Time is Fleeting
Constantly bombarded daily, hourly, and every second of every day with information. I am not talking useful information either. We get overwhelmed, sometimes we get angry, or even upset. There is so much coming at us that I do not think it is physically or mentally possible for our brains to comprehend it all.
Here lately, I have been in the process of dealing with too much going on, pulled in different directions at different times. I am currently working on three different eBooks and content for multiple projects. There is not enough time in the day, and I failed at something I pledged to you, my readers earlier this year, to take some time off one day a week.
The truth is, most of the time, I do not know how to stop.
This past week went a little differently. I dragged myself away from my farm, my homestead, my e-work, my content creation, and I hit the road with my family.
We took an 8-hour drive to South Carolina to meet with some very good friends of ours. Most of you know them if you are a follower on Twitter, then you definitely do. We got to the car rental place at 8 am Saturday and were on the road by 10:30.
My wife drove the first half, more than half, because I cannot stand driving through Alabama, she hates driving through Atlanta, so we teamwork it and split the driving. We get there around nine that night, and everything is closing. After checking in to the hotel, it was a mad dash to find somewhere open to feed the kids.
After finding some food and having a credit card machine on a pole shoved in my face, we head back to the hotel to eat, shower, and hit the hay. What followed was two days of visits, driving to small mountain towns and several antique shops. It was nice.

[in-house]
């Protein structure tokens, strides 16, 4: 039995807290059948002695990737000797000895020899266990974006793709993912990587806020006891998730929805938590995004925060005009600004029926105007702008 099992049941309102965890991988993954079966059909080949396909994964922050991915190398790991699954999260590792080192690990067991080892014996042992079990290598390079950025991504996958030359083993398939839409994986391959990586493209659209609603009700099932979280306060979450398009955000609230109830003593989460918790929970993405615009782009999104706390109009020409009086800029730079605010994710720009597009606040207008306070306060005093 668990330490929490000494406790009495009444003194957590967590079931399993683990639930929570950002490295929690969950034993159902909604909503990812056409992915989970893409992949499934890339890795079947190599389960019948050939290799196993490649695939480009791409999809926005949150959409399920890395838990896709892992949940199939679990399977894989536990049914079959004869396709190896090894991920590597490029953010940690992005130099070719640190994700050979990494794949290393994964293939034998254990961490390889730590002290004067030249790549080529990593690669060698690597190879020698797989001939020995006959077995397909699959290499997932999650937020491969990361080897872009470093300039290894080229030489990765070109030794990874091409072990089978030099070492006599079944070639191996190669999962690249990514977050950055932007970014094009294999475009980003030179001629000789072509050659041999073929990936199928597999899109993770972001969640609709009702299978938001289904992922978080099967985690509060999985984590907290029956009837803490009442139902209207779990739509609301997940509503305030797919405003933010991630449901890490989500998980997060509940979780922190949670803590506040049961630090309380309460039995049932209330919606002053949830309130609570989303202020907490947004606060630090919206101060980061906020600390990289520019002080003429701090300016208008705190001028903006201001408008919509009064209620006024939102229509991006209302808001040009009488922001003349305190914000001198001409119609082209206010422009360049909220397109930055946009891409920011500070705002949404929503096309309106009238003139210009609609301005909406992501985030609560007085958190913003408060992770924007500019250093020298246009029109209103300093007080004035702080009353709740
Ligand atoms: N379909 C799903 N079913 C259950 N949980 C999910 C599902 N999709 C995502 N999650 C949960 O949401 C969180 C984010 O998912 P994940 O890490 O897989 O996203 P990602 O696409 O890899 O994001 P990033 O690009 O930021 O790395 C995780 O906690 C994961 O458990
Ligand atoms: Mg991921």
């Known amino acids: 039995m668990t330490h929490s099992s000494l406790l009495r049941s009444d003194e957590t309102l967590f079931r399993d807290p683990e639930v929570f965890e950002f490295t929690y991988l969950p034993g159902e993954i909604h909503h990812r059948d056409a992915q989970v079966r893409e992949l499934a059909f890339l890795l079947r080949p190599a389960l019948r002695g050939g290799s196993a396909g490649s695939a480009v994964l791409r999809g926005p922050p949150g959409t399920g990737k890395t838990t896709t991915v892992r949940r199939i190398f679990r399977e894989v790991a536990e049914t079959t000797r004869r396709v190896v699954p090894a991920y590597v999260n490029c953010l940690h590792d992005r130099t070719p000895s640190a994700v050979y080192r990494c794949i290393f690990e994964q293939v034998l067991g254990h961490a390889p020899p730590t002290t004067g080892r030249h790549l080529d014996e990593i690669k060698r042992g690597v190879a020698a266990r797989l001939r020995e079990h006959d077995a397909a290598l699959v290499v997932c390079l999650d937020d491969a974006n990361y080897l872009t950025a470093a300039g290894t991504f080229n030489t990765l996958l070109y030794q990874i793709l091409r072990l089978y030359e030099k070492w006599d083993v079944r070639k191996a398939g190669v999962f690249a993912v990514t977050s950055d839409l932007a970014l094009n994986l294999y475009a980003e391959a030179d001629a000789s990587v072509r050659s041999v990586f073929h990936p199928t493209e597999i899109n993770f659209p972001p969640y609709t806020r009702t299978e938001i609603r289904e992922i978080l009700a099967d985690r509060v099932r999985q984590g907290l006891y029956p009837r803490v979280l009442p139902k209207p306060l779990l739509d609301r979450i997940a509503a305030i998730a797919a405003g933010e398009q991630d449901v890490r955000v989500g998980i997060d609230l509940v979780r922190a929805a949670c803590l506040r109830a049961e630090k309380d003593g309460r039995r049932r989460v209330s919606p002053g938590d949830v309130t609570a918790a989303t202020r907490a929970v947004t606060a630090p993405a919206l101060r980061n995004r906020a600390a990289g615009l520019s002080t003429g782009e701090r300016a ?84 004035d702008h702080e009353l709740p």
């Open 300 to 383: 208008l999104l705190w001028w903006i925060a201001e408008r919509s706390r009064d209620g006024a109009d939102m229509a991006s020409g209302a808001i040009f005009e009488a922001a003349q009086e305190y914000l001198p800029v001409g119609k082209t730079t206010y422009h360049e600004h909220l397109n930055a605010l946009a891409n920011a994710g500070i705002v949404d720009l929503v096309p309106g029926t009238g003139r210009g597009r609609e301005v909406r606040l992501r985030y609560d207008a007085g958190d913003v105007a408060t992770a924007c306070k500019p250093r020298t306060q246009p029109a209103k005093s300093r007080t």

Laughter is the best medicine
The company of good friends and the adventure of exploring new places was a much-needed change of pace. Touring a battlefield and going on a walk along a nature trail was rejuvenating—two of my favorite things, history, and mother earth. We spent our last night in SC, staying up until midnight swapping stories and laughing more than I have in a long time. Tobacco and coffee, a seriously funny kid, and a couple of ghost stories as well.
I realized something that I think I had forgotten. I enjoy not doing anything from time to time. I say that I was not doing anything, but in reality, I was strengthening a friendship and turning friends into family.
And that is something that is not talked about enough, in my opinion. Everyone is about making money, getting fit, or improving your mentality, and while these things are important, not enough is talked about when it comes to strengthening your clan.
When forging bonds with other, like-minded people, you usually hear this in religious circles, and the fellowship of brethren is important. There is also the fellowship with brothers that is vital as well. The bible tells us in Proverbs 27:17, “iron sharpens iron; so a man sharpens the countenance of his friend.”
I see this verse thrown around a lot, and it is often associated with strengthening and building each other up, and it is quite different. This verse is saying that we strengthen each other’s ability to remain calm, collective, and composed.
We build each other up, yes, but as friends, we also give our friends the ability to stay composed, and we give the support they need to weather a bad situation or deal with a crisis.
One of the things that the bible is most adamant on is our friendships with each other. While studying for this article, I did a bible search and stopped reading at verse number 76 of what I would guess would be well over 100.
It is obvious that God deems our bonds to each other as important. When we marry our spouses, Christ said, let know man rent asunder. When it comes to our friends, we are told to sharpen them, lift them up, rebuke them when needed, and we are reminded in John 15:13, “Greater love hath no man than this, that a man should lay down his life for his friend.”
In reality, this article is about two different things that have laid on my heart this week. One is for the need for each of us to get away from the routine and reset ourselves and the clarifying of our minds in pulling away from everyday life.
The second is for our need to forge new covenants and reinforce old friendships. We are social creatures by nature. Our ancestors banded together in tribes; they came together as clans and fought together as brethren.
There is a need for the reeducation of ourselves in these most sacred of human things.
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